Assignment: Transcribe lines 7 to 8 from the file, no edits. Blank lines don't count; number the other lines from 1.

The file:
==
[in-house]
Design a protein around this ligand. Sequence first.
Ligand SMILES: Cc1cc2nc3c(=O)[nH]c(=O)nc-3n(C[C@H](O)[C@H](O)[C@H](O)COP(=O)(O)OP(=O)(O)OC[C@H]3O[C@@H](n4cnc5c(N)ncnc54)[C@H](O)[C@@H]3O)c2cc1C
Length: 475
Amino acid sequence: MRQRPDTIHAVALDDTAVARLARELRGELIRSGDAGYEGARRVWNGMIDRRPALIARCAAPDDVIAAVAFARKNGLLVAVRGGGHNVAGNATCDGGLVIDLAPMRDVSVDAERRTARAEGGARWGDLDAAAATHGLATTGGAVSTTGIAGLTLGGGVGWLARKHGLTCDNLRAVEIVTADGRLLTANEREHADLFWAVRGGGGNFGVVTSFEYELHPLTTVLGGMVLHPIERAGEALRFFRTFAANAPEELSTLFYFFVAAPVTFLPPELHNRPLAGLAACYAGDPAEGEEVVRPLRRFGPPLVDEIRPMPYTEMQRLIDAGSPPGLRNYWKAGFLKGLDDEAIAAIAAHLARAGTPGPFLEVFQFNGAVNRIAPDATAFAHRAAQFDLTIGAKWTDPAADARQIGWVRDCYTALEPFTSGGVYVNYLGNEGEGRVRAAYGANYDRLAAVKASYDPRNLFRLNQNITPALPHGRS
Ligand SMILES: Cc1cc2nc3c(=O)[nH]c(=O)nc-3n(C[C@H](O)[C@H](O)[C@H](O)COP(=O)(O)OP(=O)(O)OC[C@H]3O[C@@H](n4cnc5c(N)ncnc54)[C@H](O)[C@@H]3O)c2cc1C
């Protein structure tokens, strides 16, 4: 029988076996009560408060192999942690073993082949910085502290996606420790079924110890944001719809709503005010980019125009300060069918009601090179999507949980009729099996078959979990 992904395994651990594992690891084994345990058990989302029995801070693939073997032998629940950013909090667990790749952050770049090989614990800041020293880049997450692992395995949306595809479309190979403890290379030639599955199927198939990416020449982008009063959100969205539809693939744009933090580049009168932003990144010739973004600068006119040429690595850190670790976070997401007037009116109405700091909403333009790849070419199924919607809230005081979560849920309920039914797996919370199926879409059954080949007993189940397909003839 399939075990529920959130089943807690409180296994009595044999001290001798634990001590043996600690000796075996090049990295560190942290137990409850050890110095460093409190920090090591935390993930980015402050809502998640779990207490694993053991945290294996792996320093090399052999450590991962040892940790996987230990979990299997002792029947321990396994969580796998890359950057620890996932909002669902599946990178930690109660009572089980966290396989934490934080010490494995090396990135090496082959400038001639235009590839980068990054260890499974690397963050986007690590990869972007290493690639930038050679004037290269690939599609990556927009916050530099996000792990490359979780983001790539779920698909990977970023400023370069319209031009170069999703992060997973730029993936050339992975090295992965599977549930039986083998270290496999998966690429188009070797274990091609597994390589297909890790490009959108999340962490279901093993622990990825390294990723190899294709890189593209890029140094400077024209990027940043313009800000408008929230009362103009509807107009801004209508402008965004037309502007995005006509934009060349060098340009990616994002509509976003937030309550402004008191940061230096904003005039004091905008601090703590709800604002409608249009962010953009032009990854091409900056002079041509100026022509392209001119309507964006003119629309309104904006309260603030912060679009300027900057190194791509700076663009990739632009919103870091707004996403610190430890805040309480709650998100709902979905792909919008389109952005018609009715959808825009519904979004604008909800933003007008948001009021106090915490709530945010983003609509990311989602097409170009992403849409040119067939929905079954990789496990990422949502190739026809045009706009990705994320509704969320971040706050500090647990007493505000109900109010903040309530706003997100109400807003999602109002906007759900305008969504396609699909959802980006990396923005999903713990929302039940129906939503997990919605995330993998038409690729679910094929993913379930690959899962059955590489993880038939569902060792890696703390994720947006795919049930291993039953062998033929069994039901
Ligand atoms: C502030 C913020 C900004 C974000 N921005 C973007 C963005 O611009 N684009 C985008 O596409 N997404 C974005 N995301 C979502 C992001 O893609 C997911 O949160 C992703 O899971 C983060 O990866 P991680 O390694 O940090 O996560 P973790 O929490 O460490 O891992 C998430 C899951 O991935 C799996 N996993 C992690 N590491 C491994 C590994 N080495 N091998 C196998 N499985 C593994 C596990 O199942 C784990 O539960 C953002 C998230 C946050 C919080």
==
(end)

């Protein structure tokens, strides 16, 4: 029988076996009560408060192999942690073993082949910085502290996606420790079924110890944001719809709503005010980019125009300060069918009601090179999507949980009729099996078959979990 992904395994651990594992690891084994345990058990989302029995801070693939073997032998629940950013909090667990790749952050770049090989614990800041020293880049997450692992395995949306595809479309190979403890290379030639599955199927198939990416020449982008009063959100969205539809693939744009933090580049009168932003990144010739973004600068006119040429690595850190670790976070997401007037009116109405700091909403333009790849070419199924919607809230005081979560849920309920039914797996919370199926879409059954080949007993189940397909003839 399939075990529920959130089943807690409180296994009595044999001290001798634990001590043996600690000796075996090049990295560190942290137990409850050890110095460093409190920090090591935390993930980015402050809502998640779990207490694993053991945290294996792996320093090399052999450590991962040892940790996987230990979990299997002792029947321990396994969580796998890359950057620890996932909002669902599946990178930690109660009572089980966290396989934490934080010490494995090396990135090496082959400038001639235009590839980068990054260890499974690397963050986007690590990869972007290493690639930038050679004037290269690939599609990556927009916050530099996000792990490359979780983001790539779920698909990977970023400023370069319209031009170069999703992060997973730029993936050339992975090295992965599977549930039986083998270290496999998966690429188009070797274990091609597994390589297909890790490009959108999340962490279901093993622990990825390294990723190899294709890189593209890029140094400077024209990027940043313009800000408008929230009362103009509807107009801004209508402008965004037309502007995005006509934009060349060098340009990616994002509509976003937030309550402004008191940061230096904003005039004091905008601090703590709800604002409608249009962010953009032009990854091409900056002079041509100026022509392209001119309507964006003119629309309104904006309260603030912060679009300027900057190194791509700076663009990739632009919103870091707004996403610190430890805040309480709650998100709902979905792909919008389109952005018609009715959808825009519904979004604008909800933003007008948001009021106090915490709530945010983003609509990311989602097409170009992403849409040119067939929905079954990789496990990422949502190739026809045009706009990705994320509704969320971040706050500090647990007493505000109900109010903040309530706003997100109400807003999602109002906007759900305008969504396609699909959802980006990396923005999903713990929302039940129906939503997990919605995330993998038409690729679910094929993913379930690959899962059955590489993880038939569902060792890696703390994720947006795919049930291993039953062998033929069994039901
Ligand atoms: C502030 C913020 C900004 C974000 N921005 C973007 C963005 O611009 N684009 C985008 O596409 N997404 C974005 N995301 C979502 C992001 O893609 C997911 O949160 C992703 O899971 C983060 O990866 P991680 O390694 O940090 O996560 P973790 O929490 O460490 O891992 C998430 C899951 O991935 C799996 N996993 C992690 N590491 C491994 C590994 N080495 N091998 C196998 N499985 C593994 C596990 O199942 C784990 O539960 C953002 C998230 C946050 C919080």